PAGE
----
Exotic Dancers Can Collect Unemployment, Kansas Supreme Court Says
The Kansas Supreme Court ruled that exotic dancers at a strip club have the right to collect unemployment insurance as employees and not independent contractors.
In 2005, a dancer at Club Orleans in Topeka filed an unemployment claim. The dancers earn money through tips, while the club maintains that it is offering "rental space" for them to perform.
By ruling that the workers are employees because they had to follow a number of house rules, the state Supreme Court decided that the club's owners must contribute to the state unemployment-insurance fund, as first reported by the Wall Street Journal.
The Kansas Department of Labor argued that the minimum rates for particular dances and rules binding interactions with customers could be interpreted as rules for employees.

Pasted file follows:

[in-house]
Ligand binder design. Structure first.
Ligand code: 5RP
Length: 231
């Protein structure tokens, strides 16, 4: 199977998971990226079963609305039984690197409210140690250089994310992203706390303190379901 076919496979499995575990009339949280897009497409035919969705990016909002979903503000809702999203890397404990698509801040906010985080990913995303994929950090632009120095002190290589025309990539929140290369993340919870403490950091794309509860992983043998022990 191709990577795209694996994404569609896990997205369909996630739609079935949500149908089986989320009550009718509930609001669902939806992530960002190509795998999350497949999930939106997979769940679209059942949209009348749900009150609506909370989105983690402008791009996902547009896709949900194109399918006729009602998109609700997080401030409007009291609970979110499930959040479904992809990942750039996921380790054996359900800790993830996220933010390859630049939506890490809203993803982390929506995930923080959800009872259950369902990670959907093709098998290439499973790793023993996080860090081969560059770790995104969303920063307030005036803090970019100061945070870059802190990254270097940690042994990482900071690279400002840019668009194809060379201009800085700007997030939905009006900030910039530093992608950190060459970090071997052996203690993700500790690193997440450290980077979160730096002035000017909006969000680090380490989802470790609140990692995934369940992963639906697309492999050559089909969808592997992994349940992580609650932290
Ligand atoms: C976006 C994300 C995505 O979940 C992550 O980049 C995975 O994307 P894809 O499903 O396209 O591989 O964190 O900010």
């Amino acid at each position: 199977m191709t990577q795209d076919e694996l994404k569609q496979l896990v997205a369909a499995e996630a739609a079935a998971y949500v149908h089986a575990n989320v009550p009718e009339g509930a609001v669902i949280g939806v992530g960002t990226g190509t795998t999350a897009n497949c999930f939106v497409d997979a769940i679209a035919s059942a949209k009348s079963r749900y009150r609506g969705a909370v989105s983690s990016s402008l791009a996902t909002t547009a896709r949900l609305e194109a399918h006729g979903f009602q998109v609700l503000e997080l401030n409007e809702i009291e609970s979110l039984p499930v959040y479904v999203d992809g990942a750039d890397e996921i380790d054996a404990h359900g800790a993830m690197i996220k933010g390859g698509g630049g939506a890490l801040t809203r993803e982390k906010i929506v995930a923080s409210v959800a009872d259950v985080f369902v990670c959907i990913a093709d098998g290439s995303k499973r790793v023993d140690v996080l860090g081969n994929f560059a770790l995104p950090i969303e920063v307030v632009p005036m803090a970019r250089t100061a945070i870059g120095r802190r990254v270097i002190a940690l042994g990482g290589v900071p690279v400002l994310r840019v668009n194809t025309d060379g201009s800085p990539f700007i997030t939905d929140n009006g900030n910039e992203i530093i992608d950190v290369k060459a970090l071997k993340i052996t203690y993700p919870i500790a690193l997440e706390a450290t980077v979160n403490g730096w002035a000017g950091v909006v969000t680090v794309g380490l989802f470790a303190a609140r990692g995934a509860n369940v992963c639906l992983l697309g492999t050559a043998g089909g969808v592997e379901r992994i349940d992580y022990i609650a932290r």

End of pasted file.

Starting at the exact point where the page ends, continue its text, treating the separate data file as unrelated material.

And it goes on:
The Department of Labor would not release the name of the worker who filed for unemployment.
Michael Merriam, an attorney for Milano's, a company that owned Club Orleans since 2002, told ABC News that the ruling "was incorrectly decided."
"The court relied almost entirely on the fact that we had some house rules which were requested by the dancers. They were designed to keep everything legal," Merriam said. "And the court relied on that fact alone to say we had control over them and that made them employees."
He said his client does not plan to appeal the decision.
"This is the Kansas Supreme Court. This is where it ends," he said.
A spokeswoman for the Kansas Department of Labor said this ruling applies to the workers at issue in this case.
"All decisions concerning unemployment are based on the applicable law and the specific facts of each case," she said.